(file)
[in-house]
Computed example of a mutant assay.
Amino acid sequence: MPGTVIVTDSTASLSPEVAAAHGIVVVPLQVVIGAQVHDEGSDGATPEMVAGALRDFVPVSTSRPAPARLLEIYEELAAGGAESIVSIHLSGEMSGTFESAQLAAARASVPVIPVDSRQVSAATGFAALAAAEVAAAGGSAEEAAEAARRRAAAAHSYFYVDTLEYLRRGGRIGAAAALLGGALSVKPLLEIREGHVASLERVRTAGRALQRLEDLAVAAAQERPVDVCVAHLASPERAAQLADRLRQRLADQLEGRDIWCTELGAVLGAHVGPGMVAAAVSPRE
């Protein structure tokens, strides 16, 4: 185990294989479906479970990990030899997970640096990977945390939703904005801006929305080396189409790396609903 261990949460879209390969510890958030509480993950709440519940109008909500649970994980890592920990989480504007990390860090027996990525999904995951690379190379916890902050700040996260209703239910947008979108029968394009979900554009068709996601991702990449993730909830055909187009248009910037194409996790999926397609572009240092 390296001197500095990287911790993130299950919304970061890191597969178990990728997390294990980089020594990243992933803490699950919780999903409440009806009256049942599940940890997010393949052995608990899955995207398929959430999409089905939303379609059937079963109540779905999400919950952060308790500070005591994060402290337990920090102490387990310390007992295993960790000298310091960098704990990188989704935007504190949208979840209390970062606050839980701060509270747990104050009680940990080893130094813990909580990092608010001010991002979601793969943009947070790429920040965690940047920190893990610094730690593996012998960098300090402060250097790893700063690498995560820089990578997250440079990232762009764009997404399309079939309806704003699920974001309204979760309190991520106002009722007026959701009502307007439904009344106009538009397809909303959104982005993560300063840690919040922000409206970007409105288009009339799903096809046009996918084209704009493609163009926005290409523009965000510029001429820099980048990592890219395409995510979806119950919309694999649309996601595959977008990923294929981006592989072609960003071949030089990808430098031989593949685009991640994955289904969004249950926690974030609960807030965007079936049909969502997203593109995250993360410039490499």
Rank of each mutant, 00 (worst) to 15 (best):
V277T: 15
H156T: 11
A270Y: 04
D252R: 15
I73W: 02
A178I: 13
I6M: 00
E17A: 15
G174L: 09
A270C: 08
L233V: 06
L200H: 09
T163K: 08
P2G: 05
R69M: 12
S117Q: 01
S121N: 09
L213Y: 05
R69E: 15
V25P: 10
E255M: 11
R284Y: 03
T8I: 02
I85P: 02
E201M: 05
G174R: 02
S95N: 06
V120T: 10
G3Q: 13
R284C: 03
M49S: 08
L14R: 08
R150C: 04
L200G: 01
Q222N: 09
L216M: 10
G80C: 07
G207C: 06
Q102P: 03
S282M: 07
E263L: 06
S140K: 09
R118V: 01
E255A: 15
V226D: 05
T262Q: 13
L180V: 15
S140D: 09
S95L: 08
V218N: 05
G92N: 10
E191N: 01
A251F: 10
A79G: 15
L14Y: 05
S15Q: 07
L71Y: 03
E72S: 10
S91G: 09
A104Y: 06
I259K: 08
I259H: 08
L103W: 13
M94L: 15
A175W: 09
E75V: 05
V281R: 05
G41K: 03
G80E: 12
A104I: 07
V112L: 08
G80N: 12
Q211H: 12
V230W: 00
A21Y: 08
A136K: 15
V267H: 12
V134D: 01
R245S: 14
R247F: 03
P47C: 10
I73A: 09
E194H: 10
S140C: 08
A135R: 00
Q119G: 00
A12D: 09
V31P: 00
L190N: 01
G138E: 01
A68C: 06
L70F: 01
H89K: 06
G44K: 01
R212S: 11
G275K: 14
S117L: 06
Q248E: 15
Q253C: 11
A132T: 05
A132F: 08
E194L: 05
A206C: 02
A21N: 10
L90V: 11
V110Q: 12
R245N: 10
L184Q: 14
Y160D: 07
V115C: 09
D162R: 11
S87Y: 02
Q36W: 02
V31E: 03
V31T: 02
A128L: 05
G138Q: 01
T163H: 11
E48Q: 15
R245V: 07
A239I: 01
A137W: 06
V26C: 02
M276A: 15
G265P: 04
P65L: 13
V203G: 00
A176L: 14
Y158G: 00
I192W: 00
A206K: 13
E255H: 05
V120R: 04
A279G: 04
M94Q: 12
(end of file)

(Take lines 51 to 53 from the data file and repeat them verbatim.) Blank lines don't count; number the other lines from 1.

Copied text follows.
T262Q: 13
L180V: 15
S140D: 09